I feel like a hundred million things have happened since my last post. Granted, that’s partly because I skipped a week and a half–you caught me, guys–but it’s also related to the reason I skipped a week and a half, namely, that this past week and a half has been really freaking busy.
Here’s the stuff I could talk about, with the stuff I am going to talk about now starred once and the stuff I will leave for future posts starred twice:
1. Tech week and previews for “pr0ne” (aka how the heck do you even mount a storefront show?)
2. The Amanda Palmer house-party-slash-concert*
3. What happened after the concert**
4. Press opening for “pr0ne”*
5. What it’s like getting reviews as both an artist and a business person**
6. Bisexuality and “Orange is the New Black”**
7. Stephen King and Neil Gaiman and their respective portrayals of women **
8. How to cope with a lot of change all at once when you are also ridiculously busy**
Is that clear? We’re going to talk about a concert and a play and leave the delving into larger themes that have been on my mind to a later date.
First events first. I feel like I owe the friends whose reactions to the pictures I posted of Monday night were “WHAT WHAT WHAT” a bit of an explanation.
About a year ago, Amanda Palmer, once of “The Dresden Dolls” and now a solo artist, had a Kickstarter for a new album. There were all kinds of perks. One of them happened to be this idea: what if we got fans to host a party that Amanda would attend and perform at? It’s such a simple concept, and yet something I’ve never heard of before, outside of a few really rich people who can afford to hire Justin Bieber to sing at their kids’ birthday parties. My friend Kayleigh found out about it and we shelled out the appropriate cash, got put into touch with the event organizer, and got really, really excited.
Then we waited a year.
There were circumstances. Amanda chose to cancel a good deal of touring to stay in one place and support a friend with cancer. The timing became tricky. It got to the point where we almost forgot that it was happening. But finally, the date was set, and attendees started planning together–we made an email list and a private Facebook group, chose what to bring to a potluck, talked about art projects we could do, and generally crowd-sourced the entire party.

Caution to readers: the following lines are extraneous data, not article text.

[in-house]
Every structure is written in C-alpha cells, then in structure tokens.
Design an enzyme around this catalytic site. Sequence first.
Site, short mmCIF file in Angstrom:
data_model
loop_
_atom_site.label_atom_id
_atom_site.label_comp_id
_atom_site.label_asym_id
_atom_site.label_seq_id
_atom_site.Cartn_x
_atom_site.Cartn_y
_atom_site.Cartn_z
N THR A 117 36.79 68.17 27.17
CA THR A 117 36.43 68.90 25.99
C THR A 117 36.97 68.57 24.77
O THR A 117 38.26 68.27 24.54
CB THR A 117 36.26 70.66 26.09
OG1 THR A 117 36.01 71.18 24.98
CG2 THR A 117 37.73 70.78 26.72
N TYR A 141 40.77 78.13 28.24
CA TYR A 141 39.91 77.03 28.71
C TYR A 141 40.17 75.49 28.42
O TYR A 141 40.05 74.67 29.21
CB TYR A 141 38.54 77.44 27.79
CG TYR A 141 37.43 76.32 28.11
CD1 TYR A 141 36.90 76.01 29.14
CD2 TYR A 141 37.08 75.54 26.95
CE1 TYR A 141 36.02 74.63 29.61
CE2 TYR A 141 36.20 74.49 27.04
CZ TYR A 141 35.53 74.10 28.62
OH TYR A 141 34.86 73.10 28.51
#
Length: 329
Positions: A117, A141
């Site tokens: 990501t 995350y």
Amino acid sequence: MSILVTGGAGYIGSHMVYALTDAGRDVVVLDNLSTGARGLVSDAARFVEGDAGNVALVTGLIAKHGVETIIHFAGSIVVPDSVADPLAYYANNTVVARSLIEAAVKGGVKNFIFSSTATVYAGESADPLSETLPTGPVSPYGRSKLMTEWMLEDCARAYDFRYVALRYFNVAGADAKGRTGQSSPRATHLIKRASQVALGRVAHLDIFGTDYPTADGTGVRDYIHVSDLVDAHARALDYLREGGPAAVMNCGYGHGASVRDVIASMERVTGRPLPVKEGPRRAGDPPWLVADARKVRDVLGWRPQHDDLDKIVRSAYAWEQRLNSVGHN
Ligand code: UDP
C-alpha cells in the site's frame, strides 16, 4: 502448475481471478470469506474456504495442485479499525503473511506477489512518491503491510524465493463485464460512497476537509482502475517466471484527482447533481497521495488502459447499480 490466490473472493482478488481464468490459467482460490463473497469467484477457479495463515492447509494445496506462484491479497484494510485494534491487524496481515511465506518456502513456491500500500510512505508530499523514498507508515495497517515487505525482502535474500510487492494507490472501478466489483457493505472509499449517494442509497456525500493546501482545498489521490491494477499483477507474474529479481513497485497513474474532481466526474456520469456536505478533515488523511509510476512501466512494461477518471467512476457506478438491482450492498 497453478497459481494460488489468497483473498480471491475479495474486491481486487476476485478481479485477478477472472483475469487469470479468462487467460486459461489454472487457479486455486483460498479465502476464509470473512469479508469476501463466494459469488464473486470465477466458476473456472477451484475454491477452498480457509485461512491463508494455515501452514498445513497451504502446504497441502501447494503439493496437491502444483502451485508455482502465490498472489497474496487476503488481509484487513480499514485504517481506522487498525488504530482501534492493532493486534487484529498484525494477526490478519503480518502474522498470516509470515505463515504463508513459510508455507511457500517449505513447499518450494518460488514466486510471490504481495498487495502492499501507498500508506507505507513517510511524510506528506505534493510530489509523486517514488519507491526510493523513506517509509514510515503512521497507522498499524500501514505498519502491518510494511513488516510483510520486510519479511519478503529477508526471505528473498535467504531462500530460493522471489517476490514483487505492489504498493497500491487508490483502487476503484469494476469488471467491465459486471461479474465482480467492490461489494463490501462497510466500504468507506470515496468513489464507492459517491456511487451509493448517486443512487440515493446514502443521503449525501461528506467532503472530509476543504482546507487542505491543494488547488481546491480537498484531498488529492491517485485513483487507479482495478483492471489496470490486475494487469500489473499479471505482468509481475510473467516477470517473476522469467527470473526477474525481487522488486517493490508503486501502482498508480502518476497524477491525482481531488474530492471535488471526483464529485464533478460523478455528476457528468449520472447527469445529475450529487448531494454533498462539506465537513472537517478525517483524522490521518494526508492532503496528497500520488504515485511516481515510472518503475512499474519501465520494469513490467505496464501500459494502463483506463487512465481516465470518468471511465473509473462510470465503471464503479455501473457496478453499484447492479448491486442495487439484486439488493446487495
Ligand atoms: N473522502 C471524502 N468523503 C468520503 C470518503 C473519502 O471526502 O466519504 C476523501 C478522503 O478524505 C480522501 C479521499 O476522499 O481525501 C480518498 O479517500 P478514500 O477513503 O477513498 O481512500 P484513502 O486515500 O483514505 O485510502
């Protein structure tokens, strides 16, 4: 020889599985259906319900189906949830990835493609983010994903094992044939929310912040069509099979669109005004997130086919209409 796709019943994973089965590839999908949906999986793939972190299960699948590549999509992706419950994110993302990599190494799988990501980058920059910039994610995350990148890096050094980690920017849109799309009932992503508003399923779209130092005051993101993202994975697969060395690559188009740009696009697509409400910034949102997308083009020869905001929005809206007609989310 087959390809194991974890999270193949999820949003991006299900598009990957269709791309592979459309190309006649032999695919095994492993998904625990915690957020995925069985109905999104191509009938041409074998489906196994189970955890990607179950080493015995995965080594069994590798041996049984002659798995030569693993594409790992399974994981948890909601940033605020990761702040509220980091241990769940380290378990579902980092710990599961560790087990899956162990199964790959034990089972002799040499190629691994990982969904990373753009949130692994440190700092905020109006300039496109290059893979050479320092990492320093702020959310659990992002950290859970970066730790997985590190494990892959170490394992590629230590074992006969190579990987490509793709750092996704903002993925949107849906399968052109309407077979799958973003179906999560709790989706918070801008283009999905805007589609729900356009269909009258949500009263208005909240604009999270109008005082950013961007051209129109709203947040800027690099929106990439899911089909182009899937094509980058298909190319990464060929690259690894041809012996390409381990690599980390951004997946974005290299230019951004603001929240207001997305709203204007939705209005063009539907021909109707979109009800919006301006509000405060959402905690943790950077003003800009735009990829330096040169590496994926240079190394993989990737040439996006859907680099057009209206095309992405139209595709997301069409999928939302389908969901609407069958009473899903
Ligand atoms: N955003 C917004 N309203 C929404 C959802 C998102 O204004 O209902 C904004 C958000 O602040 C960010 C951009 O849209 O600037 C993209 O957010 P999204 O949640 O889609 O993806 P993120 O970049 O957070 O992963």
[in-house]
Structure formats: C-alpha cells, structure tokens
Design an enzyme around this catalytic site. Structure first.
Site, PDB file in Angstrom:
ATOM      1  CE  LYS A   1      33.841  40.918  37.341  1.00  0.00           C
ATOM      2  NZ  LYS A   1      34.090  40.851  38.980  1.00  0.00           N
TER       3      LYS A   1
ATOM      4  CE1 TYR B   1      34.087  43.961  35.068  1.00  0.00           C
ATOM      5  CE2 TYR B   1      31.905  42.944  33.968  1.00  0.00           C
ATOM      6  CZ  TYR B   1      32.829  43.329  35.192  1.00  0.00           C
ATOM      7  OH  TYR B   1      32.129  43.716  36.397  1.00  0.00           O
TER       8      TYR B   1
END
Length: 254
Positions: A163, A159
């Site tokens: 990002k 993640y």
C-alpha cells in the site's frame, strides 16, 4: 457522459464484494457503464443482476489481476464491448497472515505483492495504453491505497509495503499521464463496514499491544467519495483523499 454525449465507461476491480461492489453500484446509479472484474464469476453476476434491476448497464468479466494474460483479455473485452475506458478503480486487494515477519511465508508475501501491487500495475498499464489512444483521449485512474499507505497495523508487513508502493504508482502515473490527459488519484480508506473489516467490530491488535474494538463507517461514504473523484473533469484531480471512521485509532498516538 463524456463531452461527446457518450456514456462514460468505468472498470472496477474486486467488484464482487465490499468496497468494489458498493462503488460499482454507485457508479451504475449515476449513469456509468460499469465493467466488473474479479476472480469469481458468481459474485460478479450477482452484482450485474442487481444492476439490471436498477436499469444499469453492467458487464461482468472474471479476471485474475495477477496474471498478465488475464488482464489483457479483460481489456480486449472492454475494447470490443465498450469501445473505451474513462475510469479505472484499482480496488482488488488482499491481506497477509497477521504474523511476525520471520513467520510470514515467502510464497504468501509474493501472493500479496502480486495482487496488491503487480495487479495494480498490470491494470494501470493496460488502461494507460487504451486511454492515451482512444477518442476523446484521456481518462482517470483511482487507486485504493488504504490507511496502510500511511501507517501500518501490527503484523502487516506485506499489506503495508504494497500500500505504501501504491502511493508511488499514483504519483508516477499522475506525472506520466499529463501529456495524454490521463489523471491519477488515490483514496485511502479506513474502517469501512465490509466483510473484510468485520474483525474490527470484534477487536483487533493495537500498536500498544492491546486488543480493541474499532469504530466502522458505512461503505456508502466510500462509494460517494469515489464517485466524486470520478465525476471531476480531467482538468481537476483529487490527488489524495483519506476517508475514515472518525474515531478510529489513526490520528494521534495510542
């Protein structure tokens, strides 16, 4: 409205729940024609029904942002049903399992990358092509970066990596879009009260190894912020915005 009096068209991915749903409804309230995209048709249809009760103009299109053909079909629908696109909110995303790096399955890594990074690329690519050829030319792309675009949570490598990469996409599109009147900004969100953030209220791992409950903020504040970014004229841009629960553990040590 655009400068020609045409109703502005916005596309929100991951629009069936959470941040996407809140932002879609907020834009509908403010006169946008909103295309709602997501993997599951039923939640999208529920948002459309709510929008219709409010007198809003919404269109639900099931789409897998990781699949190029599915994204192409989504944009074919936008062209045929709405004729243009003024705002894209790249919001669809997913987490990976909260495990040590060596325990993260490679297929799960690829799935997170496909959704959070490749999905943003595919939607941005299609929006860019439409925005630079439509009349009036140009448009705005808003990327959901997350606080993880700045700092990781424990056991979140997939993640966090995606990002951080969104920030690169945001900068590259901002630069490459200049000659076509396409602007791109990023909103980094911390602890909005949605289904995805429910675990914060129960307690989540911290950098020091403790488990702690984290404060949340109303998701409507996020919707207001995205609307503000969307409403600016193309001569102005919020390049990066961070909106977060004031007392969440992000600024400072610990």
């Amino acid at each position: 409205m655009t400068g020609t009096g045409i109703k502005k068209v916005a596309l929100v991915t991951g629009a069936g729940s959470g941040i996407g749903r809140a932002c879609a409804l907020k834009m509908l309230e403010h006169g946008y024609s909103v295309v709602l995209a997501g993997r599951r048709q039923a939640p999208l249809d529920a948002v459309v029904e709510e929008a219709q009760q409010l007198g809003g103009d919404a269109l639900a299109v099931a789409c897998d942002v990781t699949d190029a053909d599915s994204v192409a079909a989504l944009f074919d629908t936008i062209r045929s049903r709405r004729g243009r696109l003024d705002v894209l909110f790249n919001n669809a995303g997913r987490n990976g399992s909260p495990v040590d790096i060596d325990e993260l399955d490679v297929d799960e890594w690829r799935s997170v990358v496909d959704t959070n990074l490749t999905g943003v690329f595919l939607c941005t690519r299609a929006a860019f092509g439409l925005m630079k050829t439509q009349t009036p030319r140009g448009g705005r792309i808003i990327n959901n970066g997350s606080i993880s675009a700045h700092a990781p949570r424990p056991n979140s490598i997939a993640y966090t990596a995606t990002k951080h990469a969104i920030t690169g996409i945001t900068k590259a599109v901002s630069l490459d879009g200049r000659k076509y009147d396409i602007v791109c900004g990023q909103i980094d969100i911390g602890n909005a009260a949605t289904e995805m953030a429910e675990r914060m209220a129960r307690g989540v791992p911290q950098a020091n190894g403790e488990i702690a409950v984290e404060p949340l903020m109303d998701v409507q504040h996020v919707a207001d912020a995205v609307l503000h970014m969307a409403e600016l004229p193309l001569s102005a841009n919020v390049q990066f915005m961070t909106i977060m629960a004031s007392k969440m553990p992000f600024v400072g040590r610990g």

I showed up at the host’s house a little late and a little rained on, though thankfully the rain had passed. I was nervous that I would have missed something–technically I arrived slightly after Amanda was supposed to join us. I needn’t have worried. It wasn’t until I deposited the cheese and crackers I had brought in the garage with the rest of the food and drinks that Amanda casually walked down the yard in a kimono and sat in a lawn chair to start chatting with people.
Here’s the crazy thing–we were as excited about meeting each other, the other people drawn to this kind of party, as we were about meeting or interacting with Amanda.
Sure, she’s a larger-than-life music goddess married to my favorite author and who has been a feminist icon for me for ten years now. Sure, I’ve seen her in sold-out concerts three times and she’s done awesome theatrical and video work and I have, multiple times, fantasized about becoming her best friend and falling into a life of adventure and music and great costumes.
At the same time, Amanda’s always been very straightforward in her blog, in concert, in the statements she makes to the media: She’s a person. The way we’re people. And she thinks other people are pretty cool too.